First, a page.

There is a currently an astounding showing of rainfish along much of the LBI beachfront. They’re everywhere – and packed in.

Rainfish are a favorite of bass, including larger ones. However, today the spearing-like baitfish were attracting a fish species that live and breathe rainfish: ocean herring. In Holgate, a load of folks were having a fun time light-tackling these scaly bundles of pure energy. It’s as close as we can get to tarpon. The herring were running very large; too much for live-lining.

Also, harassing the slime off the rainfish were snapper blues, under one pound. I have to admit, I kept maybe ten of the little blues. They were bound for jerky strips. A fellow who hickory smokes bluefish, told me that tiny snappers have a milder taste and dry very quickly. As we speak, the deboned blues I invited home are swimming in marinade. They’ll be in hot air tomorrow.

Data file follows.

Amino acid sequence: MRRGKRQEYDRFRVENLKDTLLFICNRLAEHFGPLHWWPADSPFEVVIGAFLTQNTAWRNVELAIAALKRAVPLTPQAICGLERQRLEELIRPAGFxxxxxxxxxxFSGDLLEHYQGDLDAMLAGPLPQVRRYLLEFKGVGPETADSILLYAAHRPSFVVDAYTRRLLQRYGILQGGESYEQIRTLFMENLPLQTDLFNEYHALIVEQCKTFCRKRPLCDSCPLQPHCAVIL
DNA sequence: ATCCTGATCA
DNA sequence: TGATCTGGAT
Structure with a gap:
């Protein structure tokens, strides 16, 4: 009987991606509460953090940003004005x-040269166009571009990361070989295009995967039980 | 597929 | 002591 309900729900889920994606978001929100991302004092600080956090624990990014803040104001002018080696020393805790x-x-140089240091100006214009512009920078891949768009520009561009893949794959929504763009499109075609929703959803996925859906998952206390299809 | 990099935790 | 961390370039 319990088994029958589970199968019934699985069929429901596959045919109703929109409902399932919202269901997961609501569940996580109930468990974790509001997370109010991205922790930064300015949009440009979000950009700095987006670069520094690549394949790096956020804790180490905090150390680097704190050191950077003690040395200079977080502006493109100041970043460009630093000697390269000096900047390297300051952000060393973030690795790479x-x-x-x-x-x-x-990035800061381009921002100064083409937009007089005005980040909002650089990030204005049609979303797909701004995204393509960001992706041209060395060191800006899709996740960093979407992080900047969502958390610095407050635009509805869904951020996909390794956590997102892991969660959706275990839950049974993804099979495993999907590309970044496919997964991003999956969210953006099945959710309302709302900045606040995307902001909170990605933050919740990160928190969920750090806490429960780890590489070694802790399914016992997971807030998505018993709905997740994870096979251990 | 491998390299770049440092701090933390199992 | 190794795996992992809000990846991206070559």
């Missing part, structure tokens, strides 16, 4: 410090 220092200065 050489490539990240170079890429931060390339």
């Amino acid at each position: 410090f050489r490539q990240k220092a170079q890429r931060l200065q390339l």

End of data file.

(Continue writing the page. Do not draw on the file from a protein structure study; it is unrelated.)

I guess I should note some striper action took place today, including one Classic weigh-in. That tourney fish was a13.88 bass, taken in Loveladies by John Campbell. He caught it on bunker, toward dark.  

A non-Classic bass was taken at the Holgate Rip this morning. It was pushing 15 pounds and went for a smaller swimming plug.

Tailor blues -- to three pounds -- are still around and going for bait.


I have no idea what the following news story is all about. What impact will spearfishermen have when compared to angler and commercial fishermen?

 [Gloucester Times] by Richard Gaines - October 22, 2012

A bill that has passed the state's House of representatives and would allow recreational spearfishing for striped bass is getting diverse reactions — with support and opposition from what might be seen as surprising sources.